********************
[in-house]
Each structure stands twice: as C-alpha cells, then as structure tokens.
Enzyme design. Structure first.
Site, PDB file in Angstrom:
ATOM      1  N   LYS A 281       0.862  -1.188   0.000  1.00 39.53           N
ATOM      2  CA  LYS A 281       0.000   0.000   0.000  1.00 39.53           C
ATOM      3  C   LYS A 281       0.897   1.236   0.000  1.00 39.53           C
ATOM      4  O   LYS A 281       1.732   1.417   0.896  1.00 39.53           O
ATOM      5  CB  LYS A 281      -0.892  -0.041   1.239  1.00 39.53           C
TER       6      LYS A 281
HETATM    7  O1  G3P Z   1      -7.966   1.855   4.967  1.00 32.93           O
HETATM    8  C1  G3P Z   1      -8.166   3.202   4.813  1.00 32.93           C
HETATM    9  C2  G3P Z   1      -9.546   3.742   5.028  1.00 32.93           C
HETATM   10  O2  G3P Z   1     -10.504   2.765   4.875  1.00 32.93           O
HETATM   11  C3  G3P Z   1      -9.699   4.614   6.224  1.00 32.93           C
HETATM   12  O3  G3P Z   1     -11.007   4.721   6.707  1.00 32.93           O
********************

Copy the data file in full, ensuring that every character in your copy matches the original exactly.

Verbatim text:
[in-house]
Each structure stands twice: as C-alpha cells, then as structure tokens.
Enzyme design. Structure first.
Site, PDB file in Angstrom:
ATOM      1  N   LYS A 281       0.862  -1.188   0.000  1.00 39.53           N
ATOM      2  CA  LYS A 281       0.000   0.000   0.000  1.00 39.53           C
ATOM      3  C   LYS A 281       0.897   1.236   0.000  1.00 39.53           C
ATOM      4  O   LYS A 281       1.732   1.417   0.896  1.00 39.53           O
ATOM      5  CB  LYS A 281      -0.892  -0.041   1.239  1.00 39.53           C
TER       6      LYS A 281
HETATM    7  O1  G3P Z   1      -7.966   1.855   4.967  1.00 32.93           O
HETATM    8  C1  G3P Z   1      -8.166   3.202   4.813  1.00 32.93           C
HETATM    9  C2  G3P Z   1      -9.546   3.742   5.028  1.00 32.93           C
HETATM   10  O2  G3P Z   1     -10.504   2.765   4.875  1.00 32.93           O
HETATM   11  C3  G3P Z   1      -9.699   4.614   6.224  1.00 32.93           C
HETATM   12  O3  G3P Z   1     -11.007   4.721   6.707  1.00 32.93           O